Released in 2011 before Google Glass had even commenced product testing, the video dramatises a day in the life of a family whose every waking moment is facilitated through the power of the omnipresent glass touch-screen. It’s a slick, superbly produced commercial that quickly received more than 17 million views on Youtube.
On the face of it, this is bewildering. However well produced a commercial it is, it is still – unashamedly – a commercial, advertising a product that at that point didn’t exist, garnering 17 million views? There is clearly something more to it.
Of course what Corning’s video is promoting is not Google Glass, nor any of the powers it confers upon the family in the video, but a vision of the future. A lush, lavishly produced vision, and with it the implicit promise that this might even turn out to be real.
Lush and lavishly produced it may be, but Corning’s future is also painfully flimsy. It does not take much prodding to see that the future Corning describes is no future at all – it’s the present day, scrubbed clean and with a rash of touch-screens infesting every surface.
Strategic foresight consultant Noah Raford points out how narrowly consumer-oriented design fiction such as Corning’s video engage with the future: ‘These kinds of videos take no consideration of the social, political and economic changes going on around us; changes so profound and fundamental that they make touch-screen glass look like a 2-bit side act to the real drama of the coming decade. Widespread unemployment, a climate crisis, resource shortages, political re-allignment, labor unrest, and both more outrageous and more mundane scientific advances such as anti-biotic immunity, cheap cell phones and the end of privacy will have far more industry-shattering impact than anything so simple and narrow-minded as ubiquitous information displays.’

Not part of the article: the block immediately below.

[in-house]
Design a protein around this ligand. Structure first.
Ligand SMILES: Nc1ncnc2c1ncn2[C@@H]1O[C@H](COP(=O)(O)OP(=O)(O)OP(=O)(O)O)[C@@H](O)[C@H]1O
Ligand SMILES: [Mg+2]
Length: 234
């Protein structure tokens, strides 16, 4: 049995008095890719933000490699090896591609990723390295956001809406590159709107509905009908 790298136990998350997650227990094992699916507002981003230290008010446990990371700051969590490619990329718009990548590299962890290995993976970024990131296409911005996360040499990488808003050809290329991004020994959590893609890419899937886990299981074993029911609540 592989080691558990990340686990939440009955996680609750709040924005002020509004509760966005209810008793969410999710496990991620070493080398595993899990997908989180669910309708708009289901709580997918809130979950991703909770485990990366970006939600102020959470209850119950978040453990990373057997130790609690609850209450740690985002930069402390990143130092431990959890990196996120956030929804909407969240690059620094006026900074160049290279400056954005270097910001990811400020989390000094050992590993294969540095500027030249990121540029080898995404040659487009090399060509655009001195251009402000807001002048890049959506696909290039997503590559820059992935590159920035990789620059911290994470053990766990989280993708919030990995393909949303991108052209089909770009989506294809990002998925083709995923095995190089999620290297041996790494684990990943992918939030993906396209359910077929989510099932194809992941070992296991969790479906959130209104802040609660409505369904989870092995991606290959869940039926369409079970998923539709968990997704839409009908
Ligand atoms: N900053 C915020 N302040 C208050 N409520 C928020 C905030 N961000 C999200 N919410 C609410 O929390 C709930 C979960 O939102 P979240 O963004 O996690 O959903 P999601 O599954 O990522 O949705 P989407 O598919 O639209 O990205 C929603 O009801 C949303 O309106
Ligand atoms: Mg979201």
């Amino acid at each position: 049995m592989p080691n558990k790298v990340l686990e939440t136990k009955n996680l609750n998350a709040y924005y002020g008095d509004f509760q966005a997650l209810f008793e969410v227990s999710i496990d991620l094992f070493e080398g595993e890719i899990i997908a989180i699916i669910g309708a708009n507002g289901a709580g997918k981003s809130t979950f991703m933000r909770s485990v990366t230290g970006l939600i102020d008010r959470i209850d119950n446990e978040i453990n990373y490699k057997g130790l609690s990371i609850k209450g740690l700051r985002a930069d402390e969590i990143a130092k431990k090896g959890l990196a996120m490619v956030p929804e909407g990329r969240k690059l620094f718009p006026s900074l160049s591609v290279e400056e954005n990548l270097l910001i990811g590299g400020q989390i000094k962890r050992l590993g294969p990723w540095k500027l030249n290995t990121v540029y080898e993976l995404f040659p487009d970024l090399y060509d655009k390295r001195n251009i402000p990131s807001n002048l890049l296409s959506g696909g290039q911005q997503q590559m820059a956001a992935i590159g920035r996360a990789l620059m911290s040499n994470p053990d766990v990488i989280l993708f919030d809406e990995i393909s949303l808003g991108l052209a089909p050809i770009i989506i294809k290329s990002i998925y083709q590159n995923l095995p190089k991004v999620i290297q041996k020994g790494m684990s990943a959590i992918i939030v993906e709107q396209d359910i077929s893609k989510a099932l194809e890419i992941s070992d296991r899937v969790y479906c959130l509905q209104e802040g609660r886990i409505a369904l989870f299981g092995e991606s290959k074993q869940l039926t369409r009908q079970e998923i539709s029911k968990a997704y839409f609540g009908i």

Virtually identical in structure to ‘A Day Made of Glass’, Superflux’s short film Song of the Machine also follows a day in the life of a person using a piece of speculative technology. In almost every other respect, the films are vastly different.
Superflux Studios is a design futures consultancy based in London. In 2011, they were commissioned by the Dublin Science Gallery to produce a new film for the Human+ exhibition.
Created in collaboration with scientists, the film explored the potential for the emerging field of optogenetics, which combines genetic engineering and electronics to manipulate individual nerve cells with light to allow a totally blind person to see, using a retinal prosthesis which can detect infrafred, ultraviolet and visible light.
The filming of ‘Song of the Machine’ became an opportunity for Superflux and the scientists to explore the speculative, technical, practical and ethical consequences of this hypothetical technology.
The resulting film is a simple but extremely effective evocation of the future, while remaining both simple and unpretentious.